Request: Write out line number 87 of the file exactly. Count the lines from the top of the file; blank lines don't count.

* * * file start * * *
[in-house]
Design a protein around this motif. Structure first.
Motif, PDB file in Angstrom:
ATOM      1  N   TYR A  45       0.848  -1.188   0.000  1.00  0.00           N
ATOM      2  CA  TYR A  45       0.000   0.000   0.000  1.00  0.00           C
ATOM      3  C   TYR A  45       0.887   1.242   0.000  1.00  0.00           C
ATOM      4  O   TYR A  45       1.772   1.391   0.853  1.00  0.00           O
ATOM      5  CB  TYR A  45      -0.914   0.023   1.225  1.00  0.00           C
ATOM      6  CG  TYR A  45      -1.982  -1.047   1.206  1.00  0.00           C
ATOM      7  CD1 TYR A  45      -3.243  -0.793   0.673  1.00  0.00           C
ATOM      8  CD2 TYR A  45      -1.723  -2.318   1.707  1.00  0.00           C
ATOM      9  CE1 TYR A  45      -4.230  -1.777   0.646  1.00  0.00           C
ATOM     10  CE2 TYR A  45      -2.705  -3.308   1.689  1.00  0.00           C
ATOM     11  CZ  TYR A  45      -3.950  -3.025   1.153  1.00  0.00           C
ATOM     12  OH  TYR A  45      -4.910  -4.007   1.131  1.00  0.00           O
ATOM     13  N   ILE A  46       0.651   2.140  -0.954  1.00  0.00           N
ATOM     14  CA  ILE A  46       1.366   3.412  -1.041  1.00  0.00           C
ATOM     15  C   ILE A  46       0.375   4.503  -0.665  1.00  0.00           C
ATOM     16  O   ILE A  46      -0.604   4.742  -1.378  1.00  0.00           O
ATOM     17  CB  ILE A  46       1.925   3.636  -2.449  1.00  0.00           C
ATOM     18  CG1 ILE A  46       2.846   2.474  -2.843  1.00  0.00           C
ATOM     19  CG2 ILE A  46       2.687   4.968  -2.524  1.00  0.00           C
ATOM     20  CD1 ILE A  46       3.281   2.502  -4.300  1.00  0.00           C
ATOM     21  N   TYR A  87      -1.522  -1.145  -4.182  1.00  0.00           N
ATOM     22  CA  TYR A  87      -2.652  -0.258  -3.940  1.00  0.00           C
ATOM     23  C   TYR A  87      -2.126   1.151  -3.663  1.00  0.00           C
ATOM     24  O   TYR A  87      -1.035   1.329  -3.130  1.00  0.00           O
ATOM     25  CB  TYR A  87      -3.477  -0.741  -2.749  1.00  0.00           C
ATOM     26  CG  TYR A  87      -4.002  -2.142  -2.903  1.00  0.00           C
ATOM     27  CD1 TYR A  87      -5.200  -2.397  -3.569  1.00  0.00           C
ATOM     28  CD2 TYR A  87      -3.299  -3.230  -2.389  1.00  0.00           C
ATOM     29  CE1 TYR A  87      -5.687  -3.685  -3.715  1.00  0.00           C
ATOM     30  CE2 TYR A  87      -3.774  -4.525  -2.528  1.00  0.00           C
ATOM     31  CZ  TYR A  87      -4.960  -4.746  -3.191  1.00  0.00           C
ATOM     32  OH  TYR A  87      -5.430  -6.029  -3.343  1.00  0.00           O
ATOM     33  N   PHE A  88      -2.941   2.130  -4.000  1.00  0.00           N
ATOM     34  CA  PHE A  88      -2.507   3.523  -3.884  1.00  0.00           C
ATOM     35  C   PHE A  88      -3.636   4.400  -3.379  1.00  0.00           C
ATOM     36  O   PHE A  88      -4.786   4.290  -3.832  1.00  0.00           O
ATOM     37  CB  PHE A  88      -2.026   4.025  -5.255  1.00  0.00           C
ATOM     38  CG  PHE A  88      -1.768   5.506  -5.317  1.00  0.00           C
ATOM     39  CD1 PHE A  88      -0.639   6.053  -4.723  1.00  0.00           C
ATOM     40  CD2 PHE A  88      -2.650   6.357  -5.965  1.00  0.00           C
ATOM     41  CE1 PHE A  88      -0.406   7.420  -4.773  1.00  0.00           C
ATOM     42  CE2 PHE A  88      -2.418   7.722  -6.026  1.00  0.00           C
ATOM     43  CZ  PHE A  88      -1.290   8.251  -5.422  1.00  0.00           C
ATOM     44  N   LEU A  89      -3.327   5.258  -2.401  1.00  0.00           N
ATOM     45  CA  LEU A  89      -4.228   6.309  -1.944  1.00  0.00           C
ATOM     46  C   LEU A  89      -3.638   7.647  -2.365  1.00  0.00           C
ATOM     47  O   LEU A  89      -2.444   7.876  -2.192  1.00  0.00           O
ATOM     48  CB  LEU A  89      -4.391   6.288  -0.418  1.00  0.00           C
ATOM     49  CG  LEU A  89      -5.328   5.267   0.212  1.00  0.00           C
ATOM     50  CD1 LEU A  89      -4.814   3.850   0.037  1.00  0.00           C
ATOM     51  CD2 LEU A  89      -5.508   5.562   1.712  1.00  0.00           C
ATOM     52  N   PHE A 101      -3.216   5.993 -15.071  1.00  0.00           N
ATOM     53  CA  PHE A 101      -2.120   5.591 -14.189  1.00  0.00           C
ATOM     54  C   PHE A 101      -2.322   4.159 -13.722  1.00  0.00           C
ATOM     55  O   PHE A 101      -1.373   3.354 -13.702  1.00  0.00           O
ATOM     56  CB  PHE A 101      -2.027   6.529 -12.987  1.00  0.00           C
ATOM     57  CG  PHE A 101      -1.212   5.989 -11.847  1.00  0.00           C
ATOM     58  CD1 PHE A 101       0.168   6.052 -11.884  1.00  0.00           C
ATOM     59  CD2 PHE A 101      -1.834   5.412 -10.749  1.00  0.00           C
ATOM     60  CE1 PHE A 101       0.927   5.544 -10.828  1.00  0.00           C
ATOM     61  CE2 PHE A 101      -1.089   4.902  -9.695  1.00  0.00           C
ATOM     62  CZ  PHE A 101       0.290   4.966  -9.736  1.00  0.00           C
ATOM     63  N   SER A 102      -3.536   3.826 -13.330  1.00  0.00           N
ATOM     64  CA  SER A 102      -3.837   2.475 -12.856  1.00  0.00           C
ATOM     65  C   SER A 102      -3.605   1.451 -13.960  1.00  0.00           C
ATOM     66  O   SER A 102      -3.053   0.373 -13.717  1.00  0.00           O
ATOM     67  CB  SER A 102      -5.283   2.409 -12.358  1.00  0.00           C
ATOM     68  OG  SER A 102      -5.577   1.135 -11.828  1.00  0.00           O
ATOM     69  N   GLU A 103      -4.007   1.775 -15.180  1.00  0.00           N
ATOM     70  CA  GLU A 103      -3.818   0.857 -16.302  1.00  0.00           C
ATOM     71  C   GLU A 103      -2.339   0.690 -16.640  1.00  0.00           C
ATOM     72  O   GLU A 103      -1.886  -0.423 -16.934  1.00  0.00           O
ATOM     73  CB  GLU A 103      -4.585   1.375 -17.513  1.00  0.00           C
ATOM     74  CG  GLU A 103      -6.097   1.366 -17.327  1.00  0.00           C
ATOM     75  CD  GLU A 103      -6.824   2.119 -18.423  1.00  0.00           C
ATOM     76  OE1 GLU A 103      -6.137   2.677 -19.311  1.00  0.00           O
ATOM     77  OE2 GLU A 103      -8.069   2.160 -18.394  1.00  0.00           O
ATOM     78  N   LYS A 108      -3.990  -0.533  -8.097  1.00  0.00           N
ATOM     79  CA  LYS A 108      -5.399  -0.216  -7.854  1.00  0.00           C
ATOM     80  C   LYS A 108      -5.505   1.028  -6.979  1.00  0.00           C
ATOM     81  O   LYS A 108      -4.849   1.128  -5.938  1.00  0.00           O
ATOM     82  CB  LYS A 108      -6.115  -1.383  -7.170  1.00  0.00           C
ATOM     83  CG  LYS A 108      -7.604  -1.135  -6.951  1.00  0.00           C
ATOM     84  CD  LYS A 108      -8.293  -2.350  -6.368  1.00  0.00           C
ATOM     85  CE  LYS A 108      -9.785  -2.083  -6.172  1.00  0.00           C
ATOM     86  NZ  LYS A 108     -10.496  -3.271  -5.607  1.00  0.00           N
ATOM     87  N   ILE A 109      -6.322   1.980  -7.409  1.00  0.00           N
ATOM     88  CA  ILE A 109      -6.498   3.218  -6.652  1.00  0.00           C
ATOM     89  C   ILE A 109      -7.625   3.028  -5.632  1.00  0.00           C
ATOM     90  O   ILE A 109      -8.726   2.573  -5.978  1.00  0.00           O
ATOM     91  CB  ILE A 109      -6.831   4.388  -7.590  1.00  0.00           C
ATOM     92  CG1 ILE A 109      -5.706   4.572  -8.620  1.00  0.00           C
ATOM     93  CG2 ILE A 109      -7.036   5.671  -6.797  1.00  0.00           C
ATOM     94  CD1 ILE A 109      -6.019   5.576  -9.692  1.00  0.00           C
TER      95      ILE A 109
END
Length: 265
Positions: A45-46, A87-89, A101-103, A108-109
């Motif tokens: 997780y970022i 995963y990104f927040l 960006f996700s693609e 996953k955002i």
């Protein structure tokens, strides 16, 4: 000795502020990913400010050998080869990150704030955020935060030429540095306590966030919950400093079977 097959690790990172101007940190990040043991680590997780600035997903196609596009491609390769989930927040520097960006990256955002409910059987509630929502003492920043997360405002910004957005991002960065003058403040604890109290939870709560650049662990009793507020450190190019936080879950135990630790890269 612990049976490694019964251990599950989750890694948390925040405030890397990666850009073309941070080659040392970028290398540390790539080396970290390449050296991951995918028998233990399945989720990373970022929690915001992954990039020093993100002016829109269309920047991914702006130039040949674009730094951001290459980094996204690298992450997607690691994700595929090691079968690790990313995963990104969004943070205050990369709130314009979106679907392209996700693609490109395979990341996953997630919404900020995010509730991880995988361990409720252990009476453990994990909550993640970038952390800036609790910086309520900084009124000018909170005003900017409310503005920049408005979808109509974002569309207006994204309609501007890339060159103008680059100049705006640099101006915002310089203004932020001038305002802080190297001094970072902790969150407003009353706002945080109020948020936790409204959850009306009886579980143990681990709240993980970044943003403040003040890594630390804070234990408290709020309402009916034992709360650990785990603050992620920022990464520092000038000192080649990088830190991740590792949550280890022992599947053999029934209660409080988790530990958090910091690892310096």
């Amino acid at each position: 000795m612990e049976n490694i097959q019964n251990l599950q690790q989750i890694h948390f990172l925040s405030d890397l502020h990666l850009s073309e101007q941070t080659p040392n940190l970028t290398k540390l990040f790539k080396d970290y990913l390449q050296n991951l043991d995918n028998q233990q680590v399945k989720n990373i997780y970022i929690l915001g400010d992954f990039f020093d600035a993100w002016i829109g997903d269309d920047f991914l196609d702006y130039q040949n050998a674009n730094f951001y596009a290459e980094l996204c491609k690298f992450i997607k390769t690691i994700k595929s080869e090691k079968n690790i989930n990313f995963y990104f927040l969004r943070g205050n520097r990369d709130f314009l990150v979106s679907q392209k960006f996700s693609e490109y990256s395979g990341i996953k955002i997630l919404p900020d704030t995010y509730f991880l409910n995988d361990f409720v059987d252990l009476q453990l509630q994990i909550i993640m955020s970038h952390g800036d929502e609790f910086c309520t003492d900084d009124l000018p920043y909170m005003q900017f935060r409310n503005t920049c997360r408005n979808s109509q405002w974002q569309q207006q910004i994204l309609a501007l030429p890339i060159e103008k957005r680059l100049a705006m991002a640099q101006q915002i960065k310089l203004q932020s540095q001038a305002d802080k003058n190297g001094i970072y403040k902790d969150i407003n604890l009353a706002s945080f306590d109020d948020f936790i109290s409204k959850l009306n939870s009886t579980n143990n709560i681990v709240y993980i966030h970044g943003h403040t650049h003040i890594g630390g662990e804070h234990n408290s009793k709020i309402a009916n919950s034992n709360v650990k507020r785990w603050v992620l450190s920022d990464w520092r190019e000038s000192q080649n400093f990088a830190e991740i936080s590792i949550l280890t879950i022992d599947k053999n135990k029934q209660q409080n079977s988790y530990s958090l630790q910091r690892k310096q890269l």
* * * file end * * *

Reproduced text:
ATOM     84  CD  LYS A 108      -8.293  -2.350  -6.368  1.00  0.00           C